One of Shawano’s voices gets love from WBA

Doug Erdman to become Local Broadcasting Legend to commemorate 38 years on the airwaves
Lee Pulaski
City Editor

Anyone who turns on the radio in the morning has a pretty good chance of hearing Doug Erdman interviewing politicians, representatives of nonprofit organizations or even rangers with the Department of Natural Resources, and that’s in between announcing what songs are coming up next on the radio.

Anyone who has lived in the Shawano area for a long time comes to expect Erdman’s voice to waft into their homes, vehicles and workplaces, as he has been a key voice for WTCH for 34 years.

His longevity and his dedication to the community where he lives has paid off, as he is one of four broadcasters in Wisconsin to be named Local Broadcast Legends in 2023 by the Wisconsin Broadcasters Association. Erdman and the other award winners will receive their laurels during the keynote luncheon at the 2023 WBA Summer Conference on June 15 at the Osthoff Resort in Elkhart Lake.

The Local Broadcast Legends award was created in 2015 at the behest of Bruce Grassman, who owns WTCH. Erdman said he’s been working toward earning the achievement for about five years but did not expect the honor to be bestowed so soon.

“I was down in the basement walking the treadmill when I found out,” Erdman said. “I was very surprised. It came as quite a shock.”

Erdman’s main duties at WTCH, which start at 4 a.m., are to keep the music playing weekday mornings and to be the host of the radio station’s Breakfast Club, where he interviews public officials and other interesting people in-depth about the issues of the day. He noted that he doesn’t follow the lead of some shock jocks and go “out of line” when he questions guests on the Breakfast Club because he believes it’s better to gain the trust of the people he’s interviewing, and the truth will come out in its own time.

“The key part is interviewing the schools and community members,” Erdman said. “It makes me feel like a part of the community to interview these people. They could be anywhere from Shawano to Pulaski to Clintonville or wherever. It was getting to know people and feeling like a part of them. That’s how I’ve always dealt with my news.”

Erdman is also responsible for crafting some of the commercials and making sure that other programming proceeds smoothly.

The roots of the love of radio can be traced back to Erdman’s childhood days in Marinette.

“I used to hang around a radio station in downtown Marinette,” he said. “My dad, who was a police officer for the city of Marinette, became friends with the station owner, and he let me hang out there to see what it was about. That’s what started my love for radio.”

Erdman’s professional start in radio took place in Richland Center after going to college in Minneapolis. Four years later, he made the move to Shawano.

“I don’t like to sweat, so I knew factory work wasn’t going to do it,” Erdman said as he explained why he wanted a life in broadcasting. “It’s my love of music. I love music, and I love talking about community events on the radio. I love being a part of the community, basically making new friends and finding new faces.”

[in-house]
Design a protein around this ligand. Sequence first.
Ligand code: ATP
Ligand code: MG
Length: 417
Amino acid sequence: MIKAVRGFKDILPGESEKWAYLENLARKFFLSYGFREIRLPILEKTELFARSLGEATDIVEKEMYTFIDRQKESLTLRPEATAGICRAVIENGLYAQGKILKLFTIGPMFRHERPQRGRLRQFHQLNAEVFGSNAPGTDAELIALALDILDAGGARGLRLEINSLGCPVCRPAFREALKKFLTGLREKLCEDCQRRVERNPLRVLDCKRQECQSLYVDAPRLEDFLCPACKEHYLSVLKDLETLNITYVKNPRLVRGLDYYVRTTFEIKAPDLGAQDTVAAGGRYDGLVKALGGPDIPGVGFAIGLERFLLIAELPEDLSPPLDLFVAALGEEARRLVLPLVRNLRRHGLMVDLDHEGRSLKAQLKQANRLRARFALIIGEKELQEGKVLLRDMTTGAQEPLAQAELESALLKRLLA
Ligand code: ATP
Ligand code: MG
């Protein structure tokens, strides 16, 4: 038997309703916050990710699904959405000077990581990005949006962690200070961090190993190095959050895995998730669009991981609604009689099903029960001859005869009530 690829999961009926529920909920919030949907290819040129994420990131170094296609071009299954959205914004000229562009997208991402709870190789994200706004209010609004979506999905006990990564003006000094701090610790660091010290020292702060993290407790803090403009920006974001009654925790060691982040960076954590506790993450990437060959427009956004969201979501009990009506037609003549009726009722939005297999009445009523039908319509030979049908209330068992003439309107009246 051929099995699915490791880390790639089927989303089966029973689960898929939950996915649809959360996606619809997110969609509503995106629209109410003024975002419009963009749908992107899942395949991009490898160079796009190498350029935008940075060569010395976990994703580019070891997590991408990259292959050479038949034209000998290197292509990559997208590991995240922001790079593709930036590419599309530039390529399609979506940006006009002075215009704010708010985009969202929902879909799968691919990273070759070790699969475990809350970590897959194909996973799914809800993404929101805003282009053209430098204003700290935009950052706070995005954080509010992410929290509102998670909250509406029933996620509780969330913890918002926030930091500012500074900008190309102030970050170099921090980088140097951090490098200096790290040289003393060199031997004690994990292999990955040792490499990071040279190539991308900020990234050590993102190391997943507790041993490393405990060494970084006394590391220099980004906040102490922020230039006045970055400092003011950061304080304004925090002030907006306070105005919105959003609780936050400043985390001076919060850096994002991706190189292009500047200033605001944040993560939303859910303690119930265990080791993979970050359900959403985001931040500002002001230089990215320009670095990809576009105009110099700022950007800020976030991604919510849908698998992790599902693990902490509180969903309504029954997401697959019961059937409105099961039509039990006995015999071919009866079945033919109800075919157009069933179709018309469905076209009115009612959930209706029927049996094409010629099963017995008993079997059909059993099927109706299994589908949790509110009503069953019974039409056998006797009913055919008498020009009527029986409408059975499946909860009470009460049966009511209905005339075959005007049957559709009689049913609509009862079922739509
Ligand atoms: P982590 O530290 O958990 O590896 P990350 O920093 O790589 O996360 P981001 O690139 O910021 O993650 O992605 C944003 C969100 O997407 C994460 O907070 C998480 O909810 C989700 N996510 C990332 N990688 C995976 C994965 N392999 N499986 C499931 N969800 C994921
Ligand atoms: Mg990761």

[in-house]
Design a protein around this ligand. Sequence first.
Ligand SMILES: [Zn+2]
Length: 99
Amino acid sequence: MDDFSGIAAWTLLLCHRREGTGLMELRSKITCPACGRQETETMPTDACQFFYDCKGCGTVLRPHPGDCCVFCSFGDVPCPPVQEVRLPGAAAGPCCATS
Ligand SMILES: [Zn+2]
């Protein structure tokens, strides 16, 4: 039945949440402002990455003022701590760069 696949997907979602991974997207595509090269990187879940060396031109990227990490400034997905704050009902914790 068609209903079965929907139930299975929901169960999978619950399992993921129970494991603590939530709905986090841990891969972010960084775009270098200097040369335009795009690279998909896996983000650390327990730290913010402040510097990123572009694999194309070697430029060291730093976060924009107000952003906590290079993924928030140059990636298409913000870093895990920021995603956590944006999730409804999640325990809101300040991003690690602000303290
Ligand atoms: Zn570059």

Over the years, Erdman has worn many different hats at WTCH, including more than a decade as its news director. Among some of his favorite activities during that time were covering school board meetings and meeting community members at various events. He also enjoyed interviewing some of the area’s many farmers.

“I loved it,” Erdman said. “My favorite was covering the court cases. I loved the law angle, and I used to kind of guess what was going to happen to see if I was right. A lot of times, I was, and after a while, you get to know a bit of the law. I enjoyed that part of it.”

Radio broadcasting has changed quite a bit in the four decades Erdman has been on the airwaves.

“We used to have to record on tape back in the day. We used to have to splice tape,” Erdman said. “Now, it’s all in digital, and the signals, to me, seem like they’re a lot better.”

Erdman’s work is not contained within the walls of Results Broadcasting, which operates a number of radio stations, including WTCH. When he’s not working the board, he volunteers as a member of the Shawano Police and Fire Commission, and he’s active with the Shawano Optimists.

“I became a member (of the commission) almost 15 years ago,” Erdman said. “I was brought on to give my view because my father was a police officer, and I had an interest in law enforcement.”

Erdman’s backing of the blue extends to the Optimists, as well, as the organization holds a week to commemorate law enforcement.

“I always try to help out with that because of law enforcement respect,” he said.

Erdman’s eligible for retirement benefits in four years, but he’s not looking at walking away from WTCH anytime soon.

“I love what I do,” he said. “I look at it and ask, ‘Why retire? If I can still do the job, why retire?’”